A. Sutherland – Icestech.info – Cnut The Great (in Swedish: “Knut den Store”) became king over large parts of northern Europe, where commerce and culture flourished in his kingdoms.
But the Viking king had to fight very hard to reach his power.
Norse-Viking Invasions – Kingdom of Canute
His father, the Danish Viking King Sven Forkbeard (Sven Tveskäg), son of Harald Bluetooth, sailed with his fleet for England in the summer of 1013. He aimed to overthrow the Anglo-Saxon King Aethelred the Redeless and conquer the islands.
When the Scandinavian fleet landed in northeast England, Aethelred fled to Normandy, France, transferring power to Sven Forkbeard, who had, among others, been joined by his second eldest son, 18-year-old Cnut. Forkbeard sat on the throne just a few months before he died on February 3, 1014.
His eldest son Harald was crowned king of Denmark. The younger brother, Knut, was at that time the head of his dead father’s invasion force but was now ready to inherit the throne of England.
The army proclaimed Cnut king, but the English people invited Aethelred back if he promised to rule better than before. Aethelred acted fast; he drove Cnut and his forces out to sea. Cnut decided not to press the point at this stage and withdrew to Denmark.
Cnut reproving the flattery of his courtiers. Cnut the Great (995 – November 12, 1035) was King of Denmark, England, and Norway; often referred to as the North Sea Empire. source
“I welcome your arrival, dear brother, and am grateful that you visit me. But it’s hard to hear what you say about the kingdom split. ..”
He contacted his brother, hoping the two brothers would rule Denmark together, but Harald refused.
“I welcome your arrival, dear brother, and am grateful that you visit me. But it’s hard to hear what you say about the kingdom split. The inheritance of our father, with your consent, has been given me, I control. It hurts me to hear that you lost your inheritance, which was bigger than this, and I am ready to help you. But my kingdom, I do not share,” Harald explained kindly for his brother, according to an ancient source from 1043.
Instead, Harald offered his help; he knew that Cnut needed a solid army to take up the fight against Ethelred. In the summer of 1015, Cnut’s fleet of 200 ships and over 10 000 men sailed to England.
“On this big raid was not a single slave. Neither men freed from bondage. None of the call origin, and no one was weak from old age. All were noble and strong men in their best years. All was ready for any form of combat. And they were all so fast that they surpassed the rider’s speed, “reads the description of the tribute scripture.”
Coin with the image of Cnut the Great (Image in the public domain)
At the battle of Ashingdon in Essex in October 1016, he routed the army of Aethelred and his eldest son Edmund Ironside. He managed to gain control of virtually the whole country, except for the city of London.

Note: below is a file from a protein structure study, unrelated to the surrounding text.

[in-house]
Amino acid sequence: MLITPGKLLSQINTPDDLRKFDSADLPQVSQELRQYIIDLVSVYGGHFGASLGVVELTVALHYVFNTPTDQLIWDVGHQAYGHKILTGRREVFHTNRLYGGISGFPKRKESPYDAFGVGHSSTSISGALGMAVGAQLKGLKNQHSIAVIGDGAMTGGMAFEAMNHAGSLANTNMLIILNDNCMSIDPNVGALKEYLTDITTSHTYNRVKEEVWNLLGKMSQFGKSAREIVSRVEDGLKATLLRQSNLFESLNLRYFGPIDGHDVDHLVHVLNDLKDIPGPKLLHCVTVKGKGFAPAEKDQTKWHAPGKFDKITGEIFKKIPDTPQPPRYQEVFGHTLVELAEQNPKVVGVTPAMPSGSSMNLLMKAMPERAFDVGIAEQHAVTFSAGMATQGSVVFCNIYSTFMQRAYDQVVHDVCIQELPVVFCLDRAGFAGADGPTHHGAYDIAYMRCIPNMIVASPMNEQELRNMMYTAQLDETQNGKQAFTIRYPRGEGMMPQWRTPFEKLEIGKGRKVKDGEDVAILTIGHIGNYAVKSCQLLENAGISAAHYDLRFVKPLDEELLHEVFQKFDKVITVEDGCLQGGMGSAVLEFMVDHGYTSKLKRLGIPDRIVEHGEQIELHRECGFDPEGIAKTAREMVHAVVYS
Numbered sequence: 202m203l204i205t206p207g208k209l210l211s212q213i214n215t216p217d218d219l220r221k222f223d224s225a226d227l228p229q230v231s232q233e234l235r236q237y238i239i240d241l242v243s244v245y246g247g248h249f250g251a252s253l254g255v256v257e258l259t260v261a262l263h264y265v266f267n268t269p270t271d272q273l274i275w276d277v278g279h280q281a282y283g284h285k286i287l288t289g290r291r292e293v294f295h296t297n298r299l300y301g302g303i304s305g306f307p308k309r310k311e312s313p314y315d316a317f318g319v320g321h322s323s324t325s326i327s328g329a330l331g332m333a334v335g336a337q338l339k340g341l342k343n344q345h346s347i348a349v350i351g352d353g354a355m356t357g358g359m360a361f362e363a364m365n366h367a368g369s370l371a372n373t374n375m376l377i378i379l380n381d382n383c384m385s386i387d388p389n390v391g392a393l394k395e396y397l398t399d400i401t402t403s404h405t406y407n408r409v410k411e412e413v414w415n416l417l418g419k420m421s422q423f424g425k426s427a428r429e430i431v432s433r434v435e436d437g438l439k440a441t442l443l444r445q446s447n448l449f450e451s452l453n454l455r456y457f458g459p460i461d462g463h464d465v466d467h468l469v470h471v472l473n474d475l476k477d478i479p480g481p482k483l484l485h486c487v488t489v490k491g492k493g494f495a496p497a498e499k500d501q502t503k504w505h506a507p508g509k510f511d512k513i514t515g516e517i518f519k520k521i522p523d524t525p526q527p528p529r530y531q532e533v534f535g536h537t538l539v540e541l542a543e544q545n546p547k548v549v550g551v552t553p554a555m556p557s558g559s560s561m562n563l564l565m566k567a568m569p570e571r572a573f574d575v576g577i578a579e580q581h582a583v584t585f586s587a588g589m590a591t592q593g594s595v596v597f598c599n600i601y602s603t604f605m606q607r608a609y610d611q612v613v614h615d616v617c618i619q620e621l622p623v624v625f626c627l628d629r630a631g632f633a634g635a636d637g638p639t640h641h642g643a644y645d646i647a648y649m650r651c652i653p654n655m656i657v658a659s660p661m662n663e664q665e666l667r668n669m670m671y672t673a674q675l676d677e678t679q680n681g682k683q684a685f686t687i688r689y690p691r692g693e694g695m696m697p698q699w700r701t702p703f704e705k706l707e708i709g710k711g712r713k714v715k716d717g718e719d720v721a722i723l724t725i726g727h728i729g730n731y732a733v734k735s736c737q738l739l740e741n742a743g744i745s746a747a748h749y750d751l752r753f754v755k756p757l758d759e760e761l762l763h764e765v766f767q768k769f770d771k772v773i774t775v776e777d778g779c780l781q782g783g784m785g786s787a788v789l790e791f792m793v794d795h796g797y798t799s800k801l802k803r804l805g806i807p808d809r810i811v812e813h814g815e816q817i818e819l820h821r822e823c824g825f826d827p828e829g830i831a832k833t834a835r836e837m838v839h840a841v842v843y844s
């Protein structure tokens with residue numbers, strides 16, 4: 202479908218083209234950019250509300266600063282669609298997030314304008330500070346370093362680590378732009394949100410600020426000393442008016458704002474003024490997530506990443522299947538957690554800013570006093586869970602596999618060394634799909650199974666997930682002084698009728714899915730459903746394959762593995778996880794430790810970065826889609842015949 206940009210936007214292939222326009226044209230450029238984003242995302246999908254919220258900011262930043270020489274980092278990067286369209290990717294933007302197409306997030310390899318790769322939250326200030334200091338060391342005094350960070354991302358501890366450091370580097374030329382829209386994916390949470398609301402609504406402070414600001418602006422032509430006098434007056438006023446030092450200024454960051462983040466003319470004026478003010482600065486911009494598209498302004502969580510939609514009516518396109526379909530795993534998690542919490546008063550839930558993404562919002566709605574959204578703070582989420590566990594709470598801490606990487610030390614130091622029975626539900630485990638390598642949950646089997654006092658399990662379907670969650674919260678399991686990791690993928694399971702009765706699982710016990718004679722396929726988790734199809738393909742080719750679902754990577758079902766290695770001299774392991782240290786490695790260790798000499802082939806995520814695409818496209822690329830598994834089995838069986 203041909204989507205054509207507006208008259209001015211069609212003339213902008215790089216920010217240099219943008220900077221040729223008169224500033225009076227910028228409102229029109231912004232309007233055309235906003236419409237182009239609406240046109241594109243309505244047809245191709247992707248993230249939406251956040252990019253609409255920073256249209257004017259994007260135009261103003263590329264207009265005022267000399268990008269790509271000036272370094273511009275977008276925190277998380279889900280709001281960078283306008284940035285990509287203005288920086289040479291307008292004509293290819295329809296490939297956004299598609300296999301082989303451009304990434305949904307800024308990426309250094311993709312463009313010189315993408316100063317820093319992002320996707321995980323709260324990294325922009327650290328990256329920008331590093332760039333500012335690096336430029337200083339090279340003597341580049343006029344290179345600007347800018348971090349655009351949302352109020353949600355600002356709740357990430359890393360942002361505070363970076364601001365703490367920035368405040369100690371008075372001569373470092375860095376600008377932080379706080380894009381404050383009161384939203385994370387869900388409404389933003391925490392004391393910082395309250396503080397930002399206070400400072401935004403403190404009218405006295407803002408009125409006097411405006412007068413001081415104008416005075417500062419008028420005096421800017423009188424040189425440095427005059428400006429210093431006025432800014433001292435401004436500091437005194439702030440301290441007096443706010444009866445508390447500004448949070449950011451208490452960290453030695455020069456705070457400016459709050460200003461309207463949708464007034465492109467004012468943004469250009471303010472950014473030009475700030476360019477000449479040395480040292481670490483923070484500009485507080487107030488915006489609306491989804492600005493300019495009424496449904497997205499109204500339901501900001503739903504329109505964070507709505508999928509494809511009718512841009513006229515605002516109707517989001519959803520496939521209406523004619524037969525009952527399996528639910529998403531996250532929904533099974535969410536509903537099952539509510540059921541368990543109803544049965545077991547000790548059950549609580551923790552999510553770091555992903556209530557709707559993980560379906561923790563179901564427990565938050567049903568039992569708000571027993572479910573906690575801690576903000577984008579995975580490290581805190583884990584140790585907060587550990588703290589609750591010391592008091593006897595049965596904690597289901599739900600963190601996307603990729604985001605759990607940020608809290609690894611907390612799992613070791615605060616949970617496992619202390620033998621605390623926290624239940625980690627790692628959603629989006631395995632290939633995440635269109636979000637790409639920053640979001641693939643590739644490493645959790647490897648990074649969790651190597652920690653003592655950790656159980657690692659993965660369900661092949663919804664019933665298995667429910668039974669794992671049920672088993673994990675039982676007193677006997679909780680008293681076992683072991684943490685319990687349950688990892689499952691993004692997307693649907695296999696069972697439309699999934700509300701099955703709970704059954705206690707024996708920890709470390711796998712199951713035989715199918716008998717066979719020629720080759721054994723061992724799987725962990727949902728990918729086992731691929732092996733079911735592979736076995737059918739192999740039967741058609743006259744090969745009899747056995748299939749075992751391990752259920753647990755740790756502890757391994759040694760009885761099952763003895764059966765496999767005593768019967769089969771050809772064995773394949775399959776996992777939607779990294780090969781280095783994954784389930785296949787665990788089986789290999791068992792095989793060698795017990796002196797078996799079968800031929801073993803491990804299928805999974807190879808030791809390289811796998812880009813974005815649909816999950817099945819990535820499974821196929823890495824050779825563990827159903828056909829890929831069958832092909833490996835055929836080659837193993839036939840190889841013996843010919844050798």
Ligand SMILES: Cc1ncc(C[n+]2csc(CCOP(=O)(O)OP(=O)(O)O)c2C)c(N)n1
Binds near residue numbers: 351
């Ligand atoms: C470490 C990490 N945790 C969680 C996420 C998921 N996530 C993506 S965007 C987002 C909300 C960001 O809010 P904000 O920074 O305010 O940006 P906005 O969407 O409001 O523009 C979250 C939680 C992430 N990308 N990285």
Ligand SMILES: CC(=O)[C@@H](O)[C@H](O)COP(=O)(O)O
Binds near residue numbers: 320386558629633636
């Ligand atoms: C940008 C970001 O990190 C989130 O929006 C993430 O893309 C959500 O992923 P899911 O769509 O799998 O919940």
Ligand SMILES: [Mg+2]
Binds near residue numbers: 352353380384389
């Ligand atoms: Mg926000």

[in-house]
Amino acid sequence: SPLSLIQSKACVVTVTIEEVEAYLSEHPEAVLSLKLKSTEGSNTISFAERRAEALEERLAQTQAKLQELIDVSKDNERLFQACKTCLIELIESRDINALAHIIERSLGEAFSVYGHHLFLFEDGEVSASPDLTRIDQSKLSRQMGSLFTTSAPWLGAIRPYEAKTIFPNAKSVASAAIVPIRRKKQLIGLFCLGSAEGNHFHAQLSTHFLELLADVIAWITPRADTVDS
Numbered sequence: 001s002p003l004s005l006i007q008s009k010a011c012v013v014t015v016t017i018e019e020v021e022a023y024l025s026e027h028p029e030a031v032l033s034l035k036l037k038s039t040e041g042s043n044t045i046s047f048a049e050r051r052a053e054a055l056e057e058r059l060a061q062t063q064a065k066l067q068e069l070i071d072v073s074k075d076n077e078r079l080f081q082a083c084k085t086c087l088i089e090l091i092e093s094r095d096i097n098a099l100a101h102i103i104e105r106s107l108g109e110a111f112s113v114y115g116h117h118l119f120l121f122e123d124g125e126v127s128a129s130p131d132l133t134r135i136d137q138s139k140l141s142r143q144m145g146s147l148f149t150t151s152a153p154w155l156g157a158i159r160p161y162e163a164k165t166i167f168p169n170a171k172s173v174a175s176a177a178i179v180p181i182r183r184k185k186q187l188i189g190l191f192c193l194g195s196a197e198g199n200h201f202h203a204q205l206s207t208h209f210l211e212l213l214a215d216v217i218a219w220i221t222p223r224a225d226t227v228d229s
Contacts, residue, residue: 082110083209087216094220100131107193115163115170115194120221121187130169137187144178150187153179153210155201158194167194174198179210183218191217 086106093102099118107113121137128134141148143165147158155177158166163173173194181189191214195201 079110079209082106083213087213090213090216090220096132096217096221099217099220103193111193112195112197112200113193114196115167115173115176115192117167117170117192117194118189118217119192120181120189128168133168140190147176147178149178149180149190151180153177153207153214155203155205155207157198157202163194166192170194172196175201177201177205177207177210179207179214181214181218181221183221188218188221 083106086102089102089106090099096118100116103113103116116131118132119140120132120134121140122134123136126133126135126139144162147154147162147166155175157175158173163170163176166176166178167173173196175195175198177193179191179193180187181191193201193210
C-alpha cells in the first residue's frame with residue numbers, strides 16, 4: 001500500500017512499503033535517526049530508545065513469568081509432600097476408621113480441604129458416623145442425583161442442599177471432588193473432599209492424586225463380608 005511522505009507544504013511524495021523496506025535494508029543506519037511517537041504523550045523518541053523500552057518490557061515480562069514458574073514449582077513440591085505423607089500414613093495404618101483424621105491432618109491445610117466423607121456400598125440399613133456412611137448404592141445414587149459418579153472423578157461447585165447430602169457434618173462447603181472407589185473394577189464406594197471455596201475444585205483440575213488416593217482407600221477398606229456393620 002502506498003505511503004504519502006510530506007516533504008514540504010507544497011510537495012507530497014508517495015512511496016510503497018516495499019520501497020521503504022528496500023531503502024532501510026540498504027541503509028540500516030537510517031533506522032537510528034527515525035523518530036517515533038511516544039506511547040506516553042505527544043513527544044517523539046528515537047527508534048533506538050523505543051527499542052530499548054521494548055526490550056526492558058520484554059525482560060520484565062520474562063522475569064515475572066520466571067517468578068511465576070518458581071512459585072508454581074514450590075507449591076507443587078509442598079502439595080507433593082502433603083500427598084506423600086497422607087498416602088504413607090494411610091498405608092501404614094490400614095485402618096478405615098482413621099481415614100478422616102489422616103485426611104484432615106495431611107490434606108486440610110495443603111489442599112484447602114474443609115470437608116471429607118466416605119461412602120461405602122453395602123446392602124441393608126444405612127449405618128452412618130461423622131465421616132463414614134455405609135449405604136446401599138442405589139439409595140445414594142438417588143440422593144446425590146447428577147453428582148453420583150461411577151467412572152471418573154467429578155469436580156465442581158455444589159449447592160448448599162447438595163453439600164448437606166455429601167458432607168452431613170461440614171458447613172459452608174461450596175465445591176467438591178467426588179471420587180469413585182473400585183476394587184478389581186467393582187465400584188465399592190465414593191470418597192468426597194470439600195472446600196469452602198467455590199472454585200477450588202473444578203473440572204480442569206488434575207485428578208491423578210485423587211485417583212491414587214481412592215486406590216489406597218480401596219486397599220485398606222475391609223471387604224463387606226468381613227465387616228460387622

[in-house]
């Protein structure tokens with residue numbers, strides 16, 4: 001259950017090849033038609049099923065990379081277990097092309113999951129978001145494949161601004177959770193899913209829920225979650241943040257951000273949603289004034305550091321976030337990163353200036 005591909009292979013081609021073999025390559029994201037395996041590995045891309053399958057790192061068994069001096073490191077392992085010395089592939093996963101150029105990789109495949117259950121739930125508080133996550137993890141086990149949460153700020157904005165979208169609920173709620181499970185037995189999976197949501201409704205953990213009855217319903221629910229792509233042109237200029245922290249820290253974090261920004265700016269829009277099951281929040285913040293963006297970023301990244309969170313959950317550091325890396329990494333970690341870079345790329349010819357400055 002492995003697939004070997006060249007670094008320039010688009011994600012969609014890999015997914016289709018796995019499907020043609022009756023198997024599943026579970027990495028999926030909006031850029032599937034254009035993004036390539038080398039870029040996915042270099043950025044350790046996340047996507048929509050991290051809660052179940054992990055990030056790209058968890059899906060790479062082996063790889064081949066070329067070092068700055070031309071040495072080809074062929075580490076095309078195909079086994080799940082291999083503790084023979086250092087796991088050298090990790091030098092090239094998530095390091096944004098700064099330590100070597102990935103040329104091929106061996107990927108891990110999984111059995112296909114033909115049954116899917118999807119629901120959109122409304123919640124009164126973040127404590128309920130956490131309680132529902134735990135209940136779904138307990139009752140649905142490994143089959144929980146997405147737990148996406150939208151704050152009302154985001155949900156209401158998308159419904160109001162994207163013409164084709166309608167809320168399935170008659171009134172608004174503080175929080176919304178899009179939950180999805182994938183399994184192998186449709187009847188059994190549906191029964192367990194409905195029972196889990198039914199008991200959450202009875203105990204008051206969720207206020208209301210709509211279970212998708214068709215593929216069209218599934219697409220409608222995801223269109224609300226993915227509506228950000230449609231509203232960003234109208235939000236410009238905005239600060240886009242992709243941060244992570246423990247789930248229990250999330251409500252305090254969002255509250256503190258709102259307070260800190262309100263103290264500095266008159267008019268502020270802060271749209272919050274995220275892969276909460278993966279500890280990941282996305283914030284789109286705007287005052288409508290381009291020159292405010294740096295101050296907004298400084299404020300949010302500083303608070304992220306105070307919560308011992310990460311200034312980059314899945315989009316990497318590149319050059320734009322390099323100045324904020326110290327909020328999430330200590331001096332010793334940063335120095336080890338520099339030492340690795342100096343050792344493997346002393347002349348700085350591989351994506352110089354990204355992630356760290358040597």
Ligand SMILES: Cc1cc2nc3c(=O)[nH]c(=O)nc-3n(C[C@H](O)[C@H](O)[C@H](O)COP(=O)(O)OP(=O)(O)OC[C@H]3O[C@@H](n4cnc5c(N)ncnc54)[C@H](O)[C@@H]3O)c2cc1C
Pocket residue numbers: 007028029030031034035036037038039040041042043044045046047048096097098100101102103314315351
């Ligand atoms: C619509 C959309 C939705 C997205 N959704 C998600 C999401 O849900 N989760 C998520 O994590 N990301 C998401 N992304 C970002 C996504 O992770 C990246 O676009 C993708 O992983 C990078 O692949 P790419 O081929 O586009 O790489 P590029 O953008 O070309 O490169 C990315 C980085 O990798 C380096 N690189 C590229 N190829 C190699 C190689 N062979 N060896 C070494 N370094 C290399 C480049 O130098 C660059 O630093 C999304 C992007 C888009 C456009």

The land of England north of the Thames was surrendered to the Danes – a return of the Danelaw (Danelagh or Dena Lagu), the area of Anglo-Saxon England occupied by the invading Danish armies in the late 9th century.
Edmund died shortly afterward, and Cnut assumed control of his territories and was crowned King of England in January 1017. His brother Harald died in 1018, and with a predominantly English force, Cnut returned to Denmark to claim the throne.
Coin with the image of Cnut the Great. Public domain
After the coronation, Knut traveled back to England. The Norwegian and Swedish kings – Olav Haraldsson and Anund Jacob – tried to take advantage of Knut’s absence in Denmark and attacked the country on several occasions.
Even Cnut’s commanded deputy was in a coalition with the kings and had serious plans for usurping power, but Knut immediately traveled back to Denmark.
He crushed all resistance and punished the deputy for his questionable loyalty.
An early morning, the deputy received his sentence in a church in Roskilde, on the island of Zealand in eastern Denmark, where Cnut’s men killed him.
Knut died on November 12, 1035; he was only 40 years old.
He was buried in England’s then capital Winchester. Before he died, he had expanded its already large kingdom so that it also included Iceland and Scotland – and thus, at the same time, gained a place in history as the ruler of one of the largest Nordic empires.
Cnut, commonly known as King Canute, is depicted today as a successful and wise king. With violence and well-chosen alliances, he built up a vast empire; he was the most powerful king in northern Europe in the early eleventh century. He was King of Denmark and England, for a time King of Norway, and possibly lord of parts of Sweden.
He lived long ago; therefore, there is little historical information about him.
A. Sutherland – Icestech.info Staff Writer
Updated on August 12, 2022
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Expand for references
S. Lagerbring, Swea rikes historia: Rikets öden, ifrån des början till år 1060. (1769)
Skandinavien Under Hedna-Aldern ; Förra Afdelningen